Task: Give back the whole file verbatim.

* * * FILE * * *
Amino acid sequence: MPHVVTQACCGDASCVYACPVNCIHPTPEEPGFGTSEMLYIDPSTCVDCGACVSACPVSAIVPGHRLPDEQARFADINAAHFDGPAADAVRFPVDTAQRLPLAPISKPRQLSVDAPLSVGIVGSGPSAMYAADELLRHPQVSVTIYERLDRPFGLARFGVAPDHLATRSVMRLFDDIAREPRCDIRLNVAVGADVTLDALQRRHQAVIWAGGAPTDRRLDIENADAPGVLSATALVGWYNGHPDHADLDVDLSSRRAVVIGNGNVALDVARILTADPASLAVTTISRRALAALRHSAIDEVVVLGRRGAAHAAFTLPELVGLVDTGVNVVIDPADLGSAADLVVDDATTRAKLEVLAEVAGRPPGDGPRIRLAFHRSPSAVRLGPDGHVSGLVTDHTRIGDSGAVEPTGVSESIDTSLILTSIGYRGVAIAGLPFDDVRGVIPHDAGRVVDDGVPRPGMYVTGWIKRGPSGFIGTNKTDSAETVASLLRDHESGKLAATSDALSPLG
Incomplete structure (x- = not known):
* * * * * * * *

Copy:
Amino acid sequence: MPHVVTQACCGDASCVYACPVNCIHPTPEEPGFGTSEMLYIDPSTCVDCGACVSACPVSAIVPGHRLPDEQARFADINAAHFDGPAADAVRFPVDTAQRLPLAPISKPRQLSVDAPLSVGIVGSGPSAMYAADELLRHPQVSVTIYERLDRPFGLARFGVAPDHLATRSVMRLFDDIAREPRCDIRLNVAVGADVTLDALQRRHQAVIWAGGAPTDRRLDIENADAPGVLSATALVGWYNGHPDHADLDVDLSSRRAVVIGNGNVALDVARILTADPASLAVTTISRRALAALRHSAIDEVVVLGRRGAAHAAFTLPELVGLVDTGVNVVIDPADLGSAADLVVDDATTRAKLEVLAEVAGRPPGDGPRIRLAFHRSPSAVRLGPDGHVSGLVTDHTRIGDSGAVEPTGVSESIDTSLILTSIGYRGVAIAGLPFDDVRGVIPHDAGRVVDDGVPRPGMYVTGWIKRGPSGFIGTNKTDSAETVASLLRDHESGKLAATSDALSPLG
Incomplete structure (x- = not known):